“I CAN’T WAIT TO EAT” seemed to be at the core of everyone’s excitement for our trip to Tokyo. In fact, so strong was our intent to eat our way through one of the world’s greatest cities, we picked our hotels based on their proximity to two exciting culinary hot spots. We wanted to be within walking distance of both Tokyo Station and Tsukiji Fish Market. (We also chose the former because it’s much cheaper and faster to get into Tokyo from Narita Airport via train or bus rather than taxi, so being able to walk to the station became a secondary priority.)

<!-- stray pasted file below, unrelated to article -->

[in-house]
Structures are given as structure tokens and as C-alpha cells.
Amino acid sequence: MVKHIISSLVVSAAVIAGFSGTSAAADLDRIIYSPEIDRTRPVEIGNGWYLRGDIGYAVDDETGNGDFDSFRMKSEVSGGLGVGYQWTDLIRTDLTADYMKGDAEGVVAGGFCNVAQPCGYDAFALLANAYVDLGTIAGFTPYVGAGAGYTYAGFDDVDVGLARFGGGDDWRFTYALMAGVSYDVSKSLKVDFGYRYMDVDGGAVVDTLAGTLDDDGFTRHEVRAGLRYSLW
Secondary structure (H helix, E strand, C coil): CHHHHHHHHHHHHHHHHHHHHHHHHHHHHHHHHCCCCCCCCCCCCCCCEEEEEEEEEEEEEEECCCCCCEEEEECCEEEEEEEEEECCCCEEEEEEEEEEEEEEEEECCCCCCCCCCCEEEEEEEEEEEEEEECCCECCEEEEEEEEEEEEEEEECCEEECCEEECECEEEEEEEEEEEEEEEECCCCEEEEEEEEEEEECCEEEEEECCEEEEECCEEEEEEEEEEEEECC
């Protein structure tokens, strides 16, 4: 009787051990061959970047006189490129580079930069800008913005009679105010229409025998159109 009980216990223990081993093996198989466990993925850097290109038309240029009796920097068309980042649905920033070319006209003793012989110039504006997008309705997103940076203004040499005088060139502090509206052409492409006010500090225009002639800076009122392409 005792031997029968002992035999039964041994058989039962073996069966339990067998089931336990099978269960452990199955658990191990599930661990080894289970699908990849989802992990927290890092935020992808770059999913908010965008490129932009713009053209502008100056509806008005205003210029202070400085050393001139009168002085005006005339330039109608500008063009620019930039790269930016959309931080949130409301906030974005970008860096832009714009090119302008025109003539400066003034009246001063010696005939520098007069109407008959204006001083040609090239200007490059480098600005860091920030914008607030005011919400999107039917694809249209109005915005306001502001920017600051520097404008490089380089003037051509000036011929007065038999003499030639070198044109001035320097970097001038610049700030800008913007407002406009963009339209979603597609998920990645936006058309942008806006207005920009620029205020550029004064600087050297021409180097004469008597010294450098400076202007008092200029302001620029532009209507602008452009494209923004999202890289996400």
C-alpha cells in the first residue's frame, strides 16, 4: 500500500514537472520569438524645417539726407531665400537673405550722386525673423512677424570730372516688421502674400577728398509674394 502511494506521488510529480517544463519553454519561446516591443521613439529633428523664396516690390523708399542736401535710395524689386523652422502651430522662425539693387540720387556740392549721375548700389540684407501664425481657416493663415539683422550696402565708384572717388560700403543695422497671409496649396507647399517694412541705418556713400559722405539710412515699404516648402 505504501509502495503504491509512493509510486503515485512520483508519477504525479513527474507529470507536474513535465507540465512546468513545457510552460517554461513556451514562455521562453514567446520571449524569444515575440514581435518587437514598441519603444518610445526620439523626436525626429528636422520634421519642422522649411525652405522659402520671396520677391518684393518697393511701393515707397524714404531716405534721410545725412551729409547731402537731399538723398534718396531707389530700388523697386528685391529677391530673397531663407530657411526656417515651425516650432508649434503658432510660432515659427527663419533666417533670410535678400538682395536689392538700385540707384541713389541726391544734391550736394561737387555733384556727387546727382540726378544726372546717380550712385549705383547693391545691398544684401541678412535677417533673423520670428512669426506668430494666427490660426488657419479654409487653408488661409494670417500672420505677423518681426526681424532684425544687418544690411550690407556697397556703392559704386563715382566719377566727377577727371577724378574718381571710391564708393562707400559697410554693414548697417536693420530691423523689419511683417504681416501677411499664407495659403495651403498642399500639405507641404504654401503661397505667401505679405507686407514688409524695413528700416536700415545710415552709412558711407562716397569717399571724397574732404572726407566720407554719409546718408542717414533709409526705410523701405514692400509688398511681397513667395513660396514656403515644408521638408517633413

TAKING PART IN A JAPANESE TEA ceremony might seem like a charming but archaic experience, with little relevance to our busy lives. But like meditation or a walk in the woods, the tea ceremony can clear the mind of the banalities of everyday life and serve as a pathway to spiritual peace. In fact, the Japanese word for the tea ceremony is chado (also cha-no-yu), the Way of Tea, which only hints at the protocols this highly choreographed ritual demands.